The Effects of a Healthy Families Home Visitation Program on Rapid and Teen Repeat Births
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The prevention of Rapid Repeat Births (RRBs) and Teen Repeat Births (TRBs) is an important indicator of the effectiveness of home visitation programs that serve mothers who are at-risk for child maltreatment. This study examined the effects on RRBs and TRBs of a rural/small town home visitation program based on the Healthy Families America (HFA) model. The participants in this study were referred between 1999 and 2007 and included a Treatment Group of 140 at-risk mothers who met minimum engagement criteria and a Comparison Group of 241 at-risk mothers who were referred for services but not enrolled due to limits on program capacity. In addition, county-wide TRB data was used as the basis for a static group comparison. With regard to RRBs, the rates for the Treatment (18%) and Comparison (30%) groups were compared using a Chi-Square test of homogeneity. The null hypothesis that there would be no difference between the rates for the two groups was rejected at the .05 level. Similarly, with regard to TRBs, the null hypothesis that there would be no difference between the rates for the Treatment (9%) and Comparison (27%) groups was rejected at that .01 level. Furthermore, using a Chi-Square test of independence, this investigation tested the null hypothesis that the rates for the two groups would not differ from the county-wide rate (24%). This hypothesis was also rejected at the .01 level. Overall, these results of this inquiry support the conclusion that participants in a rigorously implemented HFA program show significantly lower rates of RRB and TRB when compared to a comparable group of at-risk nonparticipants. They also appear to have a significantly lower incidence of TRB than teen mothers in the general population.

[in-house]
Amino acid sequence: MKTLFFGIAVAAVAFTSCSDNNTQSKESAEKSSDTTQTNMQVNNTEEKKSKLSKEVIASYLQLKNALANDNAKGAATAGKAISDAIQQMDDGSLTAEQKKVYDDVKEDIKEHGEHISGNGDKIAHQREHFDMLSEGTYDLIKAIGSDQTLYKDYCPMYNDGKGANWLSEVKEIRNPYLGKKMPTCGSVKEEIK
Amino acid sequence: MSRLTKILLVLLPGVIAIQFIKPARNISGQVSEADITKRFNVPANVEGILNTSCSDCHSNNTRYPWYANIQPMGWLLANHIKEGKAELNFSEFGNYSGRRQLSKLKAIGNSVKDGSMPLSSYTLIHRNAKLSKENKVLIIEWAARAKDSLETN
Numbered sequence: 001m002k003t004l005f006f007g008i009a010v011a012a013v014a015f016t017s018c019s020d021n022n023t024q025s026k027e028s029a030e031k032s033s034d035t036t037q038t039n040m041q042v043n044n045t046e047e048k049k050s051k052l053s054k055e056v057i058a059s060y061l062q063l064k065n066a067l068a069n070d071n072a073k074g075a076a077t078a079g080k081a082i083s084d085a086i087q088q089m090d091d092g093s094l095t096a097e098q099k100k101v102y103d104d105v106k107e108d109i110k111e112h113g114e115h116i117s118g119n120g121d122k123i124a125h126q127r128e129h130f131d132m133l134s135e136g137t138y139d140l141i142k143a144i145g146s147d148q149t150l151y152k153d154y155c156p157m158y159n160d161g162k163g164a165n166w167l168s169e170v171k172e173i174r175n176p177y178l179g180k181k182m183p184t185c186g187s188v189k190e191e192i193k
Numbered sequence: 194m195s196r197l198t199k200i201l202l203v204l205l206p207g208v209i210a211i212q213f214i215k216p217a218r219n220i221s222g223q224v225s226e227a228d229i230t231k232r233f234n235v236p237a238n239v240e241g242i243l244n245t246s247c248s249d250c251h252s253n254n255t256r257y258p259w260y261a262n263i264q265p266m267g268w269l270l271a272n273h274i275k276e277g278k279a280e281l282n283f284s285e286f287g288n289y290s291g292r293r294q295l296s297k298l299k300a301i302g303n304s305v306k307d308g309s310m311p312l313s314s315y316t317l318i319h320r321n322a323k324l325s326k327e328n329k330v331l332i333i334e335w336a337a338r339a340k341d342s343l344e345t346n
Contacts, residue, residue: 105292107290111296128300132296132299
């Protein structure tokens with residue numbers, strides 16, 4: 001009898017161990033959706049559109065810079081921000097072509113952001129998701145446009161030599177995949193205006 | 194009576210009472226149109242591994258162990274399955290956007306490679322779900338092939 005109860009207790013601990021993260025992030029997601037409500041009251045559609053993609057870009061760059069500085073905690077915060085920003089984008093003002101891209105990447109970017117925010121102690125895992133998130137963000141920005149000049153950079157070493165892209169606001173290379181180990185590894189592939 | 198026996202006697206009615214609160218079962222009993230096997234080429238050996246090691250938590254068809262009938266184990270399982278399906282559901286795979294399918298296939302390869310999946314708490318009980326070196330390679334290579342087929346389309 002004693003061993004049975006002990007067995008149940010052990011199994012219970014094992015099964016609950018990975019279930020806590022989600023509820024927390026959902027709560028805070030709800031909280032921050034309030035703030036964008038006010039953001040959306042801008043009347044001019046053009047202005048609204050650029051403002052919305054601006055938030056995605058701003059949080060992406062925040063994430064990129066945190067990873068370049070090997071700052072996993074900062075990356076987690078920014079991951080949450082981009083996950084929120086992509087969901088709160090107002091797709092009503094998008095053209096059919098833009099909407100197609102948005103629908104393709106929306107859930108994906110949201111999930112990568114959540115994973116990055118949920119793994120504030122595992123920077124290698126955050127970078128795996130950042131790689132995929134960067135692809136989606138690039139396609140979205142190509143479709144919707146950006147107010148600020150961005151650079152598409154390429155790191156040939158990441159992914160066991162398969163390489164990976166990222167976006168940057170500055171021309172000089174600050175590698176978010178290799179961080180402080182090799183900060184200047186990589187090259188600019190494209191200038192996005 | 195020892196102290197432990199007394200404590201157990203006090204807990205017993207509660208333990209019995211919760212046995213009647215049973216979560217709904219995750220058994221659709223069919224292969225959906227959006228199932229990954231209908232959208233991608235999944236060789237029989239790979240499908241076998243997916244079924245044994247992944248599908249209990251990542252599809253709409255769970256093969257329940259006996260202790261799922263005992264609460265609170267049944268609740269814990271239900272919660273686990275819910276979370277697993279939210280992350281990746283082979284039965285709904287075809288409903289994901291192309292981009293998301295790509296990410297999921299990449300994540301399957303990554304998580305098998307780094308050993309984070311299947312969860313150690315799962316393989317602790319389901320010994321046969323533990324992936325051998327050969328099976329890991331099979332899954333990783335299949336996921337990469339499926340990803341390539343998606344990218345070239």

KeywordsRapid repeat birth Adolescent birth Home visiting Healthy families America
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